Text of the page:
What Can You Do?

Quick Summary: CEOs should lead the discussion regarding which activities to support and then get out of the way.

Abstract:

There is almost a limitless number of activities that a company can pursue in their desire to become a responsible and active member of the community.  The challenge is selecting one of the activities that will also provide lasting benefit to the company, and more importantly, the employees who choose to participate. Using some established objective criteria to help with the selections is a useful way of narrowing the field.

Once the excuse that there is “no time” for pursuing this principle and the mental process moves from “we should do this” to “we will do this”, the next logical question is, “what should we do?”  The answer is simple; it doesn’t really matter.  Potential activities are almost limitless.  Employees who need to formulate the program will quickly develop a list of potential candidate activities.  Get out of their way and let them decide.  However, to begin the program, provide them with a few simple guidelines as listed below:

  1. Identify activities that can involve individuals from across the entire spectrum of skill sets to appeal to the broadest audience.
  2. Identify team activities as opposed to individual contributor activities to help build a company-wide caring culture that crosses all levels and disciplines.
  3. Identify activities that allow the group to maintain its identity (as opposed to activities such as group participation in a 5,000 person walk or run).
  4. Identify activities that can be organized and completed in short order to take advantage of the initial enthusiasm that will be generated with the announcement of the program.
  5. Clearly identify how success will be measured to help ensure that everyone’s expectations are set accordingly.
  6. Identify an initial opportunity that does not require a long-term commitment.  It may turn out that once completed, the team decides to move on to other activities for any number of reasons.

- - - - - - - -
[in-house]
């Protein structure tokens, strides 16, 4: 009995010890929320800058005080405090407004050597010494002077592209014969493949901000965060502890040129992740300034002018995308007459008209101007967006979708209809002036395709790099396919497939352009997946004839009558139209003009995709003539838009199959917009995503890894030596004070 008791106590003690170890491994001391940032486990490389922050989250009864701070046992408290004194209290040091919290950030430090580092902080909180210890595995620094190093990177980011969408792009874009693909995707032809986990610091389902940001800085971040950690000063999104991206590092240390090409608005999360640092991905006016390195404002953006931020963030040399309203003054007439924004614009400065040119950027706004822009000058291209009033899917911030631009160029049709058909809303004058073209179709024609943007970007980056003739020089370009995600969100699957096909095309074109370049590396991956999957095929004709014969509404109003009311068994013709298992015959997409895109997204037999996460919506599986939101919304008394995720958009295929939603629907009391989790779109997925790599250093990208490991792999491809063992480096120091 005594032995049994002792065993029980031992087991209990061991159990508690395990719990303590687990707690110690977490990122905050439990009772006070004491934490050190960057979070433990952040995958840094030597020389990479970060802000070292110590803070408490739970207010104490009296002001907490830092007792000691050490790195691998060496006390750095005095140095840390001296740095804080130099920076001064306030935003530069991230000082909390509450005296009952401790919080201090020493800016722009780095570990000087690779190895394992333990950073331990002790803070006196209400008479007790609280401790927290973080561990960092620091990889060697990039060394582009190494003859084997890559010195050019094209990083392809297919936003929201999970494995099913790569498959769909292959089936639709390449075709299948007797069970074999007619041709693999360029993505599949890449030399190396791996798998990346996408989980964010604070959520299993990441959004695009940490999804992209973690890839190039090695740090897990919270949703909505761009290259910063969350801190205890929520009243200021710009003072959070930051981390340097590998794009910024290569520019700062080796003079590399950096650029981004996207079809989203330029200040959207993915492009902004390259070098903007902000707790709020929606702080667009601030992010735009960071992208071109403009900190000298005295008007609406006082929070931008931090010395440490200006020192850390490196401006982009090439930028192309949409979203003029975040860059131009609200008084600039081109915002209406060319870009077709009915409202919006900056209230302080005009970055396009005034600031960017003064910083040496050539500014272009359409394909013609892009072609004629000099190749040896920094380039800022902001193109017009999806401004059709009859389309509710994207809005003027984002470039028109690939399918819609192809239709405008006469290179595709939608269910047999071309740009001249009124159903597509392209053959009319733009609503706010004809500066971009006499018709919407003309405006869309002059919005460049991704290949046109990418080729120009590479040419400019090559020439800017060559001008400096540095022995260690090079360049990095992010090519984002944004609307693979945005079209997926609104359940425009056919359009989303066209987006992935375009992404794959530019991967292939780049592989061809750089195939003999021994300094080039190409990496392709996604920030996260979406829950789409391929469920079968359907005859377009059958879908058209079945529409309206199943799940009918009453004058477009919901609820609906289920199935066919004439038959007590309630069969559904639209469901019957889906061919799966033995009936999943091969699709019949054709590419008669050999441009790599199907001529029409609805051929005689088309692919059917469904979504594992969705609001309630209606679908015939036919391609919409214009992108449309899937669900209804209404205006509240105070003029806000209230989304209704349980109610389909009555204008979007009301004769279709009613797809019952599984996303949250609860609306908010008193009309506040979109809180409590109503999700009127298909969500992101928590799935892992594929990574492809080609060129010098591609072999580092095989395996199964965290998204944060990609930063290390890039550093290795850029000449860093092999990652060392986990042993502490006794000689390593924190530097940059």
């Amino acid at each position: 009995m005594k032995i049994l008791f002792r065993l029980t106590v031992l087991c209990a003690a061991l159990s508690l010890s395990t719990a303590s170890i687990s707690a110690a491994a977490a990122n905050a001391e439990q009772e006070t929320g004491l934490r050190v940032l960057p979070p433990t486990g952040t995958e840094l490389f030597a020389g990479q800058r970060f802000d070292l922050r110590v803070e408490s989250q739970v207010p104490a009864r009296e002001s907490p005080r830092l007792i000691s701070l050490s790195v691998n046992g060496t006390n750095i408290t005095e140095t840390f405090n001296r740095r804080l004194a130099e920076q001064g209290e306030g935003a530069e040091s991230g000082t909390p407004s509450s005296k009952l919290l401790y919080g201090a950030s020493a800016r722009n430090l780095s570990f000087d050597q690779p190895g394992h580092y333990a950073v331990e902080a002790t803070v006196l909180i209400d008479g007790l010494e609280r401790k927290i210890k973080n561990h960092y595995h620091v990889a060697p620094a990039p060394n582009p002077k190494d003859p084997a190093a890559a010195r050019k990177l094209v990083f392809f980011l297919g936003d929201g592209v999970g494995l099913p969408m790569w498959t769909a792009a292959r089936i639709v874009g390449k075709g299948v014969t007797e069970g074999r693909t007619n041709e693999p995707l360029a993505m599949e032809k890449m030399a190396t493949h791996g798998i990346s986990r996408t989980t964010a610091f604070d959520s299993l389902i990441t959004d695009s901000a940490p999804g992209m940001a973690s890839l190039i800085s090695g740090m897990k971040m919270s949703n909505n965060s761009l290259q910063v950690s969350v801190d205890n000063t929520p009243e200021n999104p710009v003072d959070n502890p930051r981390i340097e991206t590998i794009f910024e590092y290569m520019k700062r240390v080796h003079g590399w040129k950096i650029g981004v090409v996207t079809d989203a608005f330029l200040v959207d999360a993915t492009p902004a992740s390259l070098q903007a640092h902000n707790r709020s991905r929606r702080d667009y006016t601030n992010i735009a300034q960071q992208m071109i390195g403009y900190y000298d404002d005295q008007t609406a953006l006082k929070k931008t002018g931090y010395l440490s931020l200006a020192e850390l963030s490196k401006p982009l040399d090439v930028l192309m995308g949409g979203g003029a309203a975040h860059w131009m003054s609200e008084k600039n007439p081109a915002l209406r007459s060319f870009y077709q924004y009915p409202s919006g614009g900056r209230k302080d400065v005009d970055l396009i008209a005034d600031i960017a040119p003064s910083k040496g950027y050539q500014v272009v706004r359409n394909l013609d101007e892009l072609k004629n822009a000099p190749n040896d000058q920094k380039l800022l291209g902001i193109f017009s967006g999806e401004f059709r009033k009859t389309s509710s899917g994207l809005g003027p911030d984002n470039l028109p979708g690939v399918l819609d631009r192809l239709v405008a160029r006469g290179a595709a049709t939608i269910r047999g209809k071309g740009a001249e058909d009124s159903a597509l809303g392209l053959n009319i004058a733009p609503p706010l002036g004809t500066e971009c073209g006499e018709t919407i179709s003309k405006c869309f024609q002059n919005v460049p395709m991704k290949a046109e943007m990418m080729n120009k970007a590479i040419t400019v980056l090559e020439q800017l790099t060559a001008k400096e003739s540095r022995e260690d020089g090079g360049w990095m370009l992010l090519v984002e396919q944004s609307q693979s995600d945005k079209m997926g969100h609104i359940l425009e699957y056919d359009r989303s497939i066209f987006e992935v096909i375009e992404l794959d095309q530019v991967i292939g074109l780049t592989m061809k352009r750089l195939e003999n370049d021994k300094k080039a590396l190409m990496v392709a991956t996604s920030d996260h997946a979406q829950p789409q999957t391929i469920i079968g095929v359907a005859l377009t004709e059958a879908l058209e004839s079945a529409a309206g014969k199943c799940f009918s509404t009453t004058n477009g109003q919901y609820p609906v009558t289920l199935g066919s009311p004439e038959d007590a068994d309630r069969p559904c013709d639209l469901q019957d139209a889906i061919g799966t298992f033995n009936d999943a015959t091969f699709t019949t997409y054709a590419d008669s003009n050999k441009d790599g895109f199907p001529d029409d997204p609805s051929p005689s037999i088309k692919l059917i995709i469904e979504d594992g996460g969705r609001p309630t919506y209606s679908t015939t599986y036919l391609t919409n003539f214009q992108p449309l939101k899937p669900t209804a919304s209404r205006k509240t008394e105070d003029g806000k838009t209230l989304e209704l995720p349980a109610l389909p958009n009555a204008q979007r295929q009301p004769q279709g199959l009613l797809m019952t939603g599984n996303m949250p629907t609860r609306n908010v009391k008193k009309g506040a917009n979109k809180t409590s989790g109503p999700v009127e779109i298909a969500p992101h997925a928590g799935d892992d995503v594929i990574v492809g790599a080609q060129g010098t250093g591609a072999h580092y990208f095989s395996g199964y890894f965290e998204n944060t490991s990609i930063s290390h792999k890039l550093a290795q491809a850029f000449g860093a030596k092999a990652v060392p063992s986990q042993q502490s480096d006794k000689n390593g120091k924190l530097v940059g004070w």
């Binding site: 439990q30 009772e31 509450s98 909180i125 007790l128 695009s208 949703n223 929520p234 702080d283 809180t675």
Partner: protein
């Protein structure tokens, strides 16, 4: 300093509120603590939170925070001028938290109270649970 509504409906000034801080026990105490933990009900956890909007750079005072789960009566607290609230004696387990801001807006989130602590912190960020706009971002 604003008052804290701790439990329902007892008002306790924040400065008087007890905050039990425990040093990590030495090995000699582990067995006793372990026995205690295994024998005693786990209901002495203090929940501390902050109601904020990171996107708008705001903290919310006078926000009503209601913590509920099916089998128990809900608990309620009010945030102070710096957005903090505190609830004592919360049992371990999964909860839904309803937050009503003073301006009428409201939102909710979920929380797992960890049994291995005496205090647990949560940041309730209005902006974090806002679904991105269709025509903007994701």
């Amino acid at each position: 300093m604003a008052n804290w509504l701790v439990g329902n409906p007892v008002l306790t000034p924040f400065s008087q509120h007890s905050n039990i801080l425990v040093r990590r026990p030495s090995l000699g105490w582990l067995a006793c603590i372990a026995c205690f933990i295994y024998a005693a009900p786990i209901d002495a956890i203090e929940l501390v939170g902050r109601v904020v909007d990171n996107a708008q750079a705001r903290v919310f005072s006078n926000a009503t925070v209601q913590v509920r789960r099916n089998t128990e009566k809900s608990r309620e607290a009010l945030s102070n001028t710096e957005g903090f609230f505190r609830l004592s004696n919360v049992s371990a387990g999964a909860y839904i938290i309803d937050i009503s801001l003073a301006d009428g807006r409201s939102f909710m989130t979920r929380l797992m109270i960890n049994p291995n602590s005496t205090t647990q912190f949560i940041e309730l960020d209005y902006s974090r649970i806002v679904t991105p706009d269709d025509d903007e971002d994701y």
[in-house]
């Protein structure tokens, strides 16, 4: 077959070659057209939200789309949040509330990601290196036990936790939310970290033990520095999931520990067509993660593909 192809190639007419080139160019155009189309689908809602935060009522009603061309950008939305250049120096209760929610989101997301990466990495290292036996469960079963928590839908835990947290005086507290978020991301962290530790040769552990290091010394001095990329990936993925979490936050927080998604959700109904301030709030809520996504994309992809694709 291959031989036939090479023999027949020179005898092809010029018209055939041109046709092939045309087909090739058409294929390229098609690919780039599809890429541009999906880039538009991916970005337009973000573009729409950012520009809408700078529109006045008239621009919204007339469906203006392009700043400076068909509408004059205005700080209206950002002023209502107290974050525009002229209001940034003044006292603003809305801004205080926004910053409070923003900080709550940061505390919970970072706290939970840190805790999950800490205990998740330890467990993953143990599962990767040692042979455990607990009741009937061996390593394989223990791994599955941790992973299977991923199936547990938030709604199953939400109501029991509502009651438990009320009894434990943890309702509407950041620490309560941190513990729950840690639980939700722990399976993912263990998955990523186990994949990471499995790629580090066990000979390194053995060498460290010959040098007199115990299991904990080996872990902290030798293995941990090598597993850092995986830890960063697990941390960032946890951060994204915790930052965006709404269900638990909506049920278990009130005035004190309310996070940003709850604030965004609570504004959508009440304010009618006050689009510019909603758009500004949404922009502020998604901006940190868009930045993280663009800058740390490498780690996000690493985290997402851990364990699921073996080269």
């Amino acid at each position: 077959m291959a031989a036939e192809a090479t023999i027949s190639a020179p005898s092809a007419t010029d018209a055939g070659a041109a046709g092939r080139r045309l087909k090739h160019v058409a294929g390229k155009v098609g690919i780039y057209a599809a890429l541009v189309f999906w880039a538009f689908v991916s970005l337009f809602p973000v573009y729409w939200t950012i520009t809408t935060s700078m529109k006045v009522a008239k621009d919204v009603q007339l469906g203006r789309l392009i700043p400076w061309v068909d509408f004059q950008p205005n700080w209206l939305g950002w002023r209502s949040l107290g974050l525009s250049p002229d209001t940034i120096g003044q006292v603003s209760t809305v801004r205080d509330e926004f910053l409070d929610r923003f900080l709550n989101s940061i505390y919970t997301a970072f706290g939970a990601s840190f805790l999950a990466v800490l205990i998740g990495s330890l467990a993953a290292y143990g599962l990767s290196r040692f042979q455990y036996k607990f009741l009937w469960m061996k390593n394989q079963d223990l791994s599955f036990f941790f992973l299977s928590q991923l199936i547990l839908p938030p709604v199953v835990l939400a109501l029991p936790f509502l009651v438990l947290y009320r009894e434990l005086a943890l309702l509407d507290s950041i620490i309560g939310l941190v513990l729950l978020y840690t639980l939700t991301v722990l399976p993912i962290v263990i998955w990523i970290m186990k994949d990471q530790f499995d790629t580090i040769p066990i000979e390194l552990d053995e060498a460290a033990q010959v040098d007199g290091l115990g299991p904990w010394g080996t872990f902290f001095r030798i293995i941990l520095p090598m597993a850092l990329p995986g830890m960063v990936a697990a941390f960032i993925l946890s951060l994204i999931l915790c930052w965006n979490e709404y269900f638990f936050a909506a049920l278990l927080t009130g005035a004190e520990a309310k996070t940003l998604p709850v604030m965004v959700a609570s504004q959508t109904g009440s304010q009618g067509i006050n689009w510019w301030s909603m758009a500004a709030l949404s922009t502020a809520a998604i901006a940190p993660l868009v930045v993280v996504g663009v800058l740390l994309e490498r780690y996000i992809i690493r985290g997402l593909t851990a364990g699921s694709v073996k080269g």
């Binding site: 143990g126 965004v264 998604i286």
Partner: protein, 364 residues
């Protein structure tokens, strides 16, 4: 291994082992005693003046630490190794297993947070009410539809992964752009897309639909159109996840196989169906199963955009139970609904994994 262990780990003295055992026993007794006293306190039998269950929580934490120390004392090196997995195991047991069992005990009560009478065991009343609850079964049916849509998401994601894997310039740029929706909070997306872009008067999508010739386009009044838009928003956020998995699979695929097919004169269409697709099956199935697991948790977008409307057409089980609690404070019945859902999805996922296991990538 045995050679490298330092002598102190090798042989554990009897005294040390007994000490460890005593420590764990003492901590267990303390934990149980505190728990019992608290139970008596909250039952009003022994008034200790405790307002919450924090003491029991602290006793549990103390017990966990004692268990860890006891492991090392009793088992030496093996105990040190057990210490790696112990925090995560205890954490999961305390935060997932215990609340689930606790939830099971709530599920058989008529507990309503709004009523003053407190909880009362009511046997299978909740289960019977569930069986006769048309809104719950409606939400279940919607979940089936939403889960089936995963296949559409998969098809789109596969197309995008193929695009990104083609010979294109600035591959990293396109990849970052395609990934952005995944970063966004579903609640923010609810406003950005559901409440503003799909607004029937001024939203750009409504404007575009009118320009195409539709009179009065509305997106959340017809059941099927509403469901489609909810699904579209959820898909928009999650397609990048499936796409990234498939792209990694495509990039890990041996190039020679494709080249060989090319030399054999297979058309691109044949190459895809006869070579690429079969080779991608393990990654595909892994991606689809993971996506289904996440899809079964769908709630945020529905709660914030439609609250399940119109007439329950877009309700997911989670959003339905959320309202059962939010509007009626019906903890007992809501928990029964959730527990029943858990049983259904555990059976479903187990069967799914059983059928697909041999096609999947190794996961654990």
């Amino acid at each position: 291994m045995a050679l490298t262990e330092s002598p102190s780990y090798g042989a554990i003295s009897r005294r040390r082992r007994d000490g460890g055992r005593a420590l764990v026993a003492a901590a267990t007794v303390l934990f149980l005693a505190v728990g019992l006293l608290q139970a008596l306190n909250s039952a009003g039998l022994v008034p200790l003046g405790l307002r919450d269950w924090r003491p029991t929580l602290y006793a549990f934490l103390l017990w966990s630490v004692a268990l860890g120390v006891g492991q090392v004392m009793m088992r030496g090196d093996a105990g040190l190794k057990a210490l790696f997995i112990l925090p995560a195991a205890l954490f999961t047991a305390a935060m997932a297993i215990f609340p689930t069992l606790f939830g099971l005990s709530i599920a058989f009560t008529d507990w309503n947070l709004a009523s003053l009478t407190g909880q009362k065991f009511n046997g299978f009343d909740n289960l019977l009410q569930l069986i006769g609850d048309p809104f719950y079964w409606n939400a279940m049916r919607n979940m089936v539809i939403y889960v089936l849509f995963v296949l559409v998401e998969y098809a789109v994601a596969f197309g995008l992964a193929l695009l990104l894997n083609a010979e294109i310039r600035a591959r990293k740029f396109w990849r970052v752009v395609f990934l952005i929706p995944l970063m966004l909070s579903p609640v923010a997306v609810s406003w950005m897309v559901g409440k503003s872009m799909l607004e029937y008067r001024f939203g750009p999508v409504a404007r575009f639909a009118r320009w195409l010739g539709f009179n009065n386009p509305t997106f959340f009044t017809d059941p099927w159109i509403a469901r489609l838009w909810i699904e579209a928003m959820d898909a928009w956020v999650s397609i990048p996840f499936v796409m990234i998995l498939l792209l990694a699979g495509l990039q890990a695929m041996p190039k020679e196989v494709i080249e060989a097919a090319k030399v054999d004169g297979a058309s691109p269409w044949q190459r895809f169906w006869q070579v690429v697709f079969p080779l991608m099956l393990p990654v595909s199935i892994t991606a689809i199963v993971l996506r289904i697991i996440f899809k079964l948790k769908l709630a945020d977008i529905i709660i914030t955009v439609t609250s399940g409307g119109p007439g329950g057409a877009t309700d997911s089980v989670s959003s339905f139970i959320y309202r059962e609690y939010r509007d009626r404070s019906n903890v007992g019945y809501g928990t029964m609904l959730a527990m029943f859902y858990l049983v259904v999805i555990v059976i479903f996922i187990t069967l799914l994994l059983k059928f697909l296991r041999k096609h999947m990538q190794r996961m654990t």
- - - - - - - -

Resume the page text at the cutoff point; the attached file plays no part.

7. Carefully match the activity’s requirements to the available and likely resources.
  8. Identify activities that can have a lasting effect or memory on the participants.  (As an opposite example, asking everyone to drop off some canned goods at the office is a noble cause but does not require much thought or build a long-term memory.)
  9. Identify activities that allow varying degrees of participation to accommodate individuals with other commitments that want to participate but may be spread too thin.
  10. Identify a method, time, and place to acknowledge employee participation and say thank you.  Many will feel that their participation was enough but a special thank you is always well received.

Unfortunately, there are so many noble and worthwhile activities that could be undertaken; it is easy to endlessly discuss alternatives rather than making a decision and selecting one.  The decision will not become easier over time.  In fact, as individuals become emotionally attached to their preference, it may be difficult to gain consensus.  Make sure the team is aware of this naturally occurring situation.  Make a decision and move on.  Make it fun.  Once started, the internal feelings of all participants will generate the momentum to keep it moving forward.  Caring for others is infectious, give individuals the opportunity.

 

Article Number : 2.080202   

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